Art Installation Uses 55,000 LEDs To Create Psychedelic Cathedral of Light (Video)

Festival of Light Ghent 2012© Festival of Light Ghent

In recent years, energy-efficient LEDs have been incorporated into many things, but this stunning cathedral of psychedelically-colored lights might be one of the most mind-bending applications we've seen yet. Part of Ghent, Belgium's Festival of Lights -- a yearly event that draws hundreds of thousands of people from abroad during the end of January -- this intensely-lit colonnade uses 55,000 LEDs and stands 28 meters (98 feet) high, producing a mesmerizing space as seen in this video.

Festival of Light Ghent 2012© Festival of Light Ghent

Stylistically modelled after Romanesque church architecture, this eye-boggling structure is called "Luminarie De Cagna" after the Italian family that installed it:

Luminarie De Cagna is an Italian family business founded in 1930. Back then on festive occasions the company illuminated buildings and squares with oil and carbide lamps. This was quickly switched to electric lights, and since 2006 only LEDs are used for new projects. The lights are joined to make large curtains of light, which are placed onto buildings or spread out on other objects in the area. In this way, whole streets and even squares are full of light.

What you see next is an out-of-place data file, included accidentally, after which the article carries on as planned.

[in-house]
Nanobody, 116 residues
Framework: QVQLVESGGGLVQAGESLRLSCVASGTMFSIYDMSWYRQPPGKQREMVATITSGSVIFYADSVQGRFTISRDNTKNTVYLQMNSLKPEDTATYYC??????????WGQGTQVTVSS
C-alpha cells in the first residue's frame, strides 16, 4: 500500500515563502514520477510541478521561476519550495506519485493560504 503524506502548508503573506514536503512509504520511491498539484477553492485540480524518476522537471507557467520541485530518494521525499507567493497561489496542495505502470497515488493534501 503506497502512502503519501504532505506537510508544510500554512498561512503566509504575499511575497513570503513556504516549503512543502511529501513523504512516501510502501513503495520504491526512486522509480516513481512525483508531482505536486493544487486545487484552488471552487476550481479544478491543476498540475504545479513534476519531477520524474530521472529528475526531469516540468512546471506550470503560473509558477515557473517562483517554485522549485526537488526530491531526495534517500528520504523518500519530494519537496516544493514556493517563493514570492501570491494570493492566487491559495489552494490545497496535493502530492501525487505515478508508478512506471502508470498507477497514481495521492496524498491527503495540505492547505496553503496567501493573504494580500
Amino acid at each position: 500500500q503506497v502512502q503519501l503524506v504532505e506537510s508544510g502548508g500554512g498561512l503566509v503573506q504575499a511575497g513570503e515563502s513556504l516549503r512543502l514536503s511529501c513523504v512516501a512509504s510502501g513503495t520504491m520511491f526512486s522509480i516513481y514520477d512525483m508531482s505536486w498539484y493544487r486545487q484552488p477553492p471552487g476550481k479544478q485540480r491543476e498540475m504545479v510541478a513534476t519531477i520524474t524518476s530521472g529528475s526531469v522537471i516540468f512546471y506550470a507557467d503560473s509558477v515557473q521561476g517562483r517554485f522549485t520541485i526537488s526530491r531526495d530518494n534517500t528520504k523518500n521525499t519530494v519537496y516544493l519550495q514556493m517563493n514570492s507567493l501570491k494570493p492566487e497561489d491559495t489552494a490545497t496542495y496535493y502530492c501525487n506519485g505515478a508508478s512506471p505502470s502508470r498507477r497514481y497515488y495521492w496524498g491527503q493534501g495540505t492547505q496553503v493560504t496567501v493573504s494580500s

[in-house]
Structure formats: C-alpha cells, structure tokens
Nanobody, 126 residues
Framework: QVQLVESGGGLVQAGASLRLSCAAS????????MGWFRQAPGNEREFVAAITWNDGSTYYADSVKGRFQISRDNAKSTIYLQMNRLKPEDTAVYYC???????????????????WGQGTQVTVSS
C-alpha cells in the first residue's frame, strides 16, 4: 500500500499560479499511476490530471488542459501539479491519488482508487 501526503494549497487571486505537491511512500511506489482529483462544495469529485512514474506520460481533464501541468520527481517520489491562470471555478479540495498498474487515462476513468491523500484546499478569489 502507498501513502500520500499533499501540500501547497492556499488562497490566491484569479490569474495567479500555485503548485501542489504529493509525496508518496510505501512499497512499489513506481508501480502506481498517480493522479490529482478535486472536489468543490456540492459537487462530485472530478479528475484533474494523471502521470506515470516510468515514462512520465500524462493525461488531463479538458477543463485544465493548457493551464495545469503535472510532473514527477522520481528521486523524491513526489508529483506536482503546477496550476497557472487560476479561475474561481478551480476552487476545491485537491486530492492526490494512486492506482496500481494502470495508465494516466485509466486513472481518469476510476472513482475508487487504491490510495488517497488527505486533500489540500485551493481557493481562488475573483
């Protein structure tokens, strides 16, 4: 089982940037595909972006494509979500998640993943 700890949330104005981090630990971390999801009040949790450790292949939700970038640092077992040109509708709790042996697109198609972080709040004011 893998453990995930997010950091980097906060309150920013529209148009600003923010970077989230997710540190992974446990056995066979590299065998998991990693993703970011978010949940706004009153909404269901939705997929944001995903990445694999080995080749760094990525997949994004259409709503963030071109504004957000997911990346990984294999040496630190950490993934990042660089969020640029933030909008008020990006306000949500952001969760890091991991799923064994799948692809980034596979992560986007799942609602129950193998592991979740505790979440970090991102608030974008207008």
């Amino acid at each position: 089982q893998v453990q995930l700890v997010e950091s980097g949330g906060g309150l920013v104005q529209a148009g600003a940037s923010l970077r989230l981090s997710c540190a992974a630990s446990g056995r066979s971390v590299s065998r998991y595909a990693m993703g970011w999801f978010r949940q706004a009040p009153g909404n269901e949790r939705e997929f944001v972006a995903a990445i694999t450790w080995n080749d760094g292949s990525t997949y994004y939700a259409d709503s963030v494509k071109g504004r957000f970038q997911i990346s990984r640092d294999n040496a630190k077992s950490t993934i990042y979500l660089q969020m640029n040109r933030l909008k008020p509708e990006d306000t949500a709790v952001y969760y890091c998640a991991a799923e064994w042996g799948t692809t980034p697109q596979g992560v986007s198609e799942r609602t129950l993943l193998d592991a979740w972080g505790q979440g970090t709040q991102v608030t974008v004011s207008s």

Luminarie De Cagna© Festival of Light Ghent

Granted, it's an insane scale to employ LEDs (according to the creators, it consumes "20 kWh of electricity" -- but they neglect to say over what period of time so we're not sure of the relative level of energy consumption), but at the same time, the city of Ghent has a energy-reducing "Light Plan" which progressively aims for the "rational consumption of energy" by these light installations -- ie. less and less energy each year -- at least for public works of this scale.

Festival of Light Ghent 2012© Festival of Light Ghent

For the time being, this decade-long festival isn't going away anytime soon: it's a big draw for tourism dollars from visitors who come to wander and wonder at the lights -- better that they be energy-efficient lights rather than not.

See more of the festival's intriguing light installations on their website.

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